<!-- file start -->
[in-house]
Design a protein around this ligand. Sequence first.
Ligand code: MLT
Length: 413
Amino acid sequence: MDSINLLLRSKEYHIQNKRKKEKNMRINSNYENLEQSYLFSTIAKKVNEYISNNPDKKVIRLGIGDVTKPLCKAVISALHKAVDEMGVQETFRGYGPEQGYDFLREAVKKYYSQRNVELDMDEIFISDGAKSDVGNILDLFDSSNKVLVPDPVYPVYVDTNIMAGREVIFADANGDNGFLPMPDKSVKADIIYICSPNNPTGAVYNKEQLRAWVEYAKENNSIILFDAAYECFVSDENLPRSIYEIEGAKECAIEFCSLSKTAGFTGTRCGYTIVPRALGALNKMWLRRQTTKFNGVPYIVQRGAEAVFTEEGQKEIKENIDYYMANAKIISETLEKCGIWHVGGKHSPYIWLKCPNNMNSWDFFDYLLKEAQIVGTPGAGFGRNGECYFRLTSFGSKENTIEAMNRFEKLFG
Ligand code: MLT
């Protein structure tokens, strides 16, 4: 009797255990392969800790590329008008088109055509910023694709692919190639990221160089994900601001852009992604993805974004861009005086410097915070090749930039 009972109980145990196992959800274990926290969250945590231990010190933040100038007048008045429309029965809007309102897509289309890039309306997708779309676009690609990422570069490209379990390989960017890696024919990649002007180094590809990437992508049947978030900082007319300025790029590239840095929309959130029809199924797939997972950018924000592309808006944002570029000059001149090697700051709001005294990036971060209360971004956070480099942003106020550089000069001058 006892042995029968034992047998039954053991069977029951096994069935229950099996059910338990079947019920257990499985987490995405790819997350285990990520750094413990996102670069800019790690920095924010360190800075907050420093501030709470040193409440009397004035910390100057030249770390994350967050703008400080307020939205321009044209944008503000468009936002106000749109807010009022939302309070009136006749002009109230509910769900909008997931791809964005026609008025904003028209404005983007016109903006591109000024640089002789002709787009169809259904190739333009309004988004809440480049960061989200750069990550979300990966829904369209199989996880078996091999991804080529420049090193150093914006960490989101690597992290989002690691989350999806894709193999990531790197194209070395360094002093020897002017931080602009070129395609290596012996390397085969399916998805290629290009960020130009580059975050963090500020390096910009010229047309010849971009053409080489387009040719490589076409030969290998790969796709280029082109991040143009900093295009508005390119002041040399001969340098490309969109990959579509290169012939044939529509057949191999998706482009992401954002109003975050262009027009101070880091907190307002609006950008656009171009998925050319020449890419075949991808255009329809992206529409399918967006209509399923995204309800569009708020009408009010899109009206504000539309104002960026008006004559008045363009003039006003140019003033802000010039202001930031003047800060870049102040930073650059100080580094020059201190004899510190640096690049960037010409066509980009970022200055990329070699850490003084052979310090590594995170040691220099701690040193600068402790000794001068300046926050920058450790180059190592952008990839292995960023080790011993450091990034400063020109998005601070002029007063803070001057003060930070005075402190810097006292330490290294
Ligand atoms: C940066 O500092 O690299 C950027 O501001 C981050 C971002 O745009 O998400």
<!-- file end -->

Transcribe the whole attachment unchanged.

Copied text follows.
[in-house]
Design a protein around this ligand. Sequence first.
Ligand code: MLT
Length: 413
Amino acid sequence: MDSINLLLRSKEYHIQNKRKKEKNMRINSNYENLEQSYLFSTIAKKVNEYISNNPDKKVIRLGIGDVTKPLCKAVISALHKAVDEMGVQETFRGYGPEQGYDFLREAVKKYYSQRNVELDMDEIFISDGAKSDVGNILDLFDSSNKVLVPDPVYPVYVDTNIMAGREVIFADANGDNGFLPMPDKSVKADIIYICSPNNPTGAVYNKEQLRAWVEYAKENNSIILFDAAYECFVSDENLPRSIYEIEGAKECAIEFCSLSKTAGFTGTRCGYTIVPRALGALNKMWLRRQTTKFNGVPYIVQRGAEAVFTEEGQKEIKENIDYYMANAKIISETLEKCGIWHVGGKHSPYIWLKCPNNMNSWDFFDYLLKEAQIVGTPGAGFGRNGECYFRLTSFGSKENTIEAMNRFEKLFG
Ligand code: MLT
């Protein structure tokens, strides 16, 4: 009797255990392969800790590329008008088109055509910023694709692919190639990221160089994900601001852009992604993805974004861009005086410097915070090749930039 009972109980145990196992959800274990926290969250945590231990010190933040100038007048008045429309029965809007309102897509289309890039309306997708779309676009690609990422570069490209379990390989960017890696024919990649002007180094590809990437992508049947978030900082007319300025790029590239840095929309959130029809199924797939997972950018924000592309808006944002570029000059001149090697700051709001005294990036971060209360971004956070480099942003106020550089000069001058 006892042995029968034992047998039954053991069977029951096994069935229950099996059910338990079947019920257990499985987490995405790819997350285990990520750094413990996102670069800019790690920095924010360190800075907050420093501030709470040193409440009397004035910390100057030249770390994350967050703008400080307020939205321009044209944008503000468009936002106000749109807010009022939302309070009136006749002009109230509910769900909008997931791809964005026609008025904003028209404005983007016109903006591109000024640089002789002709787009169809259904190739333009309004988004809440480049960061989200750069990550979300990966829904369209199989996880078996091999991804080529420049090193150093914006960490989101690597992290989002690691989350999806894709193999990531790197194209070395360094002093020897002017931080602009070129395609290596012996390397085969399916998805290629290009960020130009580059975050963090500020390096910009010229047309010849971009053409080489387009040719490589076409030969290998790969796709280029082109991040143009900093295009508005390119002041040399001969340098490309969109990959579509290169012939044939529509057949191999998706482009992401954002109003975050262009027009101070880091907190307002609006950008656009171009998925050319020449890419075949991808255009329809992206529409399918967006209509399923995204309800569009708020009408009010899109009206504000539309104002960026008006004559008045363009003039006003140019003033802000010039202001930031003047800060870049102040930073650059100080580094020059201190004899510190640096690049960037010409066509980009970022200055990329070699850490003084052979310090590594995170040691220099701690040193600068402790000794001068300046926050920058450790180059190592952008990839292995960023080790011993450091990034400063020109998005601070002029007063803070001057003060930070005075402190810097006292330490290294
Ligand atoms: C940066 O500092 O690299 C950027 O501001 C981050 C971002 O745009 O998400």